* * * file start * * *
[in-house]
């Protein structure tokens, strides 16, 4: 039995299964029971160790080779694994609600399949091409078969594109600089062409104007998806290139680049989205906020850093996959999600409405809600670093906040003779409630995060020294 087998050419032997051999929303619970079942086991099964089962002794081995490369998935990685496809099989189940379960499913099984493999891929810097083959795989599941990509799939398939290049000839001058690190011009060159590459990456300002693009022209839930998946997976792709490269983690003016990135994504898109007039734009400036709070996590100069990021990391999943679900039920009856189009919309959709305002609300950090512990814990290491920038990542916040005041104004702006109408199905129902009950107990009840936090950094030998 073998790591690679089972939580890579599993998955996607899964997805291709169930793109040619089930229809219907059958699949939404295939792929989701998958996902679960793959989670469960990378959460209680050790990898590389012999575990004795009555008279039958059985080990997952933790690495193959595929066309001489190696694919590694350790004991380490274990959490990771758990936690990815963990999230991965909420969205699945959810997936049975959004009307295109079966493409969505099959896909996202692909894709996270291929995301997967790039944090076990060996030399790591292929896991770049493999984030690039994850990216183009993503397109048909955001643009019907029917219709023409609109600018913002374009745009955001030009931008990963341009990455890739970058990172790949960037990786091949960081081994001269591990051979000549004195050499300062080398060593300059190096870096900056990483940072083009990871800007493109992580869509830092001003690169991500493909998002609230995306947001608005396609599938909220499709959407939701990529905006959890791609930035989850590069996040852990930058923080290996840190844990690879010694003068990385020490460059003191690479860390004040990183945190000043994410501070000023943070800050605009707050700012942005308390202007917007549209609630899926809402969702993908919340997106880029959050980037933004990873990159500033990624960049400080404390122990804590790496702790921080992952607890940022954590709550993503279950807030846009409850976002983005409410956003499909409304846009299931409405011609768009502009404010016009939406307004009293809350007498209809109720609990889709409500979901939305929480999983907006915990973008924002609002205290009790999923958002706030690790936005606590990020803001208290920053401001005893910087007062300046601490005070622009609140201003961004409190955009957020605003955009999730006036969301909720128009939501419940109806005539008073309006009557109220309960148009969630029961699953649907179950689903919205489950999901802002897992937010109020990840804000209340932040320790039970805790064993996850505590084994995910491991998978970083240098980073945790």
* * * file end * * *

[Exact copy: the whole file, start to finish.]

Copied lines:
[in-house]
């Protein structure tokens, strides 16, 4: 039995299964029971160790080779694994609600399949091409078969594109600089062409104007998806290139680049989205906020850093996959999600409405809600670093906040003779409630995060020294 087998050419032997051999929303619970079942086991099964089962002794081995490369998935990685496809099989189940379960499913099984493999891929810097083959795989599941990509799939398939290049000839001058690190011009060159590459990456300002693009022209839930998946997976792709490269983690003016990135994504898109007039734009400036709070996590100069990021990391999943679900039920009856189009919309959709305002609300950090512990814990290491920038990542916040005041104004702006109408199905129902009950107990009840936090950094030998 073998790591690679089972939580890579599993998955996607899964997805291709169930793109040619089930229809219907059958699949939404295939792929989701998958996902679960793959989670469960990378959460209680050790990898590389012999575990004795009555008279039958059985080990997952933790690495193959595929066309001489190696694919590694350790004991380490274990959490990771758990936690990815963990999230991965909420969205699945959810997936049975959004009307295109079966493409969505099959896909996202692909894709996270291929995301997967790039944090076990060996030399790591292929896991770049493999984030690039994850990216183009993503397109048909955001643009019907029917219709023409609109600018913002374009745009955001030009931008990963341009990455890739970058990172790949960037990786091949960081081994001269591990051979000549004195050499300062080398060593300059190096870096900056990483940072083009990871800007493109992580869509830092001003690169991500493909998002609230995306947001608005396609599938909220499709959407939701990529905006959890791609930035989850590069996040852990930058923080290996840190844990690879010694003068990385020490460059003191690479860390004040990183945190000043994410501070000023943070800050605009707050700012942005308390202007917007549209609630899926809402969702993908919340997106880029959050980037933004990873990159500033990624960049400080404390122990804590790496702790921080992952607890940022954590709550993503279950807030846009409850976002983005409410956003499909409304846009299931409405011609768009502009404010016009939406307004009293809350007498209809109720609990889709409500979901939305929480999983907006915990973008924002609002205290009790999923958002706030690790936005606590990020803001208290920053401001005893910087007062300046601490005070622009609140201003961004409190955009957020605003955009999730006036969301909720128009939501419940109806005539008073309006009557109220309960148009969630029961699953649907179950689903919205489950999901802002897992937010109020990840804000209340932040320790039970805790064993996850505590084994995910491991998978970083240098980073945790």